Here’s the abridged version: http://www.youtube.com/watch?v=rXQtl0ypU44

A longer, duller version is below.

Some quotes from Mao “On the Correct Handling of Contradictions Among the People.” I’m going to play fast and loose with this, and leave out all context.

“The contradictions between ourselves and the enemy are antagonistic contradictions. Within the ranks of the people, the contradictions among the working people are non-antagonistic, while those between the exploited and the exploiting classes have a non-antagonistic as well as an antagonistic aspect. (…) Generally speaking, the fundamental identity of the people’s interests underlies the contradictions among the people. (…) the contradictions between ourselves and the enemy and the contradictions among the people must be resolved by different methods. To put it briefly, the former entail drawing a clear distinction between ourselves and the enemy, and the latter entail drawing a clear distinction between right and wrong. It is of course true that the distinction between ourselves and the enemy is also one of right and wrong. For example, the question of who is in the right, we or the domestic and foreign reactionaries, the imperialists, the feudalists and bureaucrat-capitalists, is also one of right and wrong, but it is in a different category from questions of right and wrong among the people. (…) To elaborate, that means starting from the desire for unity, resolving contradictions through criticism or struggle, and arriving at a new unity on a new basis. In our experience this is the correct method of resolving contradictions among the people. (…) the essential thing is to start from the desire for unity. For without this desire for unity, the struggle, once begun, is certain to throw things into confusion and get out of hand.”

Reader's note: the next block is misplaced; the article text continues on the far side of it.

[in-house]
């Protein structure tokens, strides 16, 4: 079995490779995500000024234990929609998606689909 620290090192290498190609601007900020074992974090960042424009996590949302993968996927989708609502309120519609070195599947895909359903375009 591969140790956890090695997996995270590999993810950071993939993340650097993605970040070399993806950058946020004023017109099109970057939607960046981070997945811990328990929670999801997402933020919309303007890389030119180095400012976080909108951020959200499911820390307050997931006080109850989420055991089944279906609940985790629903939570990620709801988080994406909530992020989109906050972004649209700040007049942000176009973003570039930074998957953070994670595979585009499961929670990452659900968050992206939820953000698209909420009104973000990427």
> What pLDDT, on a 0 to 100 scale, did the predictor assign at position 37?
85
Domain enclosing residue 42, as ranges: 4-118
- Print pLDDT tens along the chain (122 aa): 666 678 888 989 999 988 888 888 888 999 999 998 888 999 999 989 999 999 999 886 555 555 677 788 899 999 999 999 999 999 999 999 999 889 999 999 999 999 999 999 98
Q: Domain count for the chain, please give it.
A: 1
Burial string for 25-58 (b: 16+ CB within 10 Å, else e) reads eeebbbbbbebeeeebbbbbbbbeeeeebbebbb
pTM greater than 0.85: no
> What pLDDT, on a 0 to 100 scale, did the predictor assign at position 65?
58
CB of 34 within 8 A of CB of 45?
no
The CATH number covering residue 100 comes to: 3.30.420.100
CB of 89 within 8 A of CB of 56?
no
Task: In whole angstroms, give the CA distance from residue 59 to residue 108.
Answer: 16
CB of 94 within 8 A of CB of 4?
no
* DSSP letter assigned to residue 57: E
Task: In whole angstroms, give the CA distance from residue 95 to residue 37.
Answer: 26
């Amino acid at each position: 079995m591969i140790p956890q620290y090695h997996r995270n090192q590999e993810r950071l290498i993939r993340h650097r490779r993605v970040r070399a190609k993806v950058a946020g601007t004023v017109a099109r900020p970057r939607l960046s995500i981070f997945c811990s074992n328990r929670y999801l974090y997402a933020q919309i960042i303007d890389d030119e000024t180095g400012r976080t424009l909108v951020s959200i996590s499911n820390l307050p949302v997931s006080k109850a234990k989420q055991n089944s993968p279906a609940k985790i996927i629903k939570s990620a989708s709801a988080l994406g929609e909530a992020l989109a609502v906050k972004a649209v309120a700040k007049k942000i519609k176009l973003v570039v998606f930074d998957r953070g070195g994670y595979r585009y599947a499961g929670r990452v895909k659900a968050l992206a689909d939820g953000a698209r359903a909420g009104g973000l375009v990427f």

In much of this it can sound like antagonism is entirely structural. In the first sentence, “the enemy” is tied to a structural incompatibility of interests like the contradiction between the working class and the capitalist class. (A quote from “On Contradiction” — “Antagonistic contradictions are interactions between implacably hostile classes, social groups and forces. As a rule, they build up to the point of conflict and are resolved in social and political revolutions. Non-antagonistic contradictions are interactions between classes whose basic interests and aims coincide.”)

But there’s a subjective component here —

“In ordinary circumstances, contradictions among the people are not antagonistic. But if they are not handled properly, or if we relax our vigilance and lower our guard, antagonism may arise.” (Another quote from “On Contradiction” — “we must make a concrete study of the circumstances of each specific struggle of opposites and should not arbitrarily apply the formula discussed above to everything. Contradiction and struggle are universal and absolute, but the methods of resolving contradictions, that is, the forms of struggle, differ according to the differences in the nature of the contradictions. Some contradictions are characterized by open antagonism, others are not. In accordance with the concrete development of things, some contradictions which were originally non-antagonistic develop into antagonistic ones, while others which were originally antagonistic develop into non-antagonistic ones.”)

One factor, and not the only one, in this is tied to mistaken action —

“Quite a few people fail to make a clear distinction between these two different types of contradictions–those between ourselves and the enemy and those among the people — and are prone to confuse the two. It must be admitted that it is sometimes quite easy to do so.”

“Between the opposites in a contradiction there is at once unity and struggle, and it is this that impels things to move and change.”

At some point I’d like to link this stuff with some speculation on Marx’s 1844 manuscript categories… not tonight…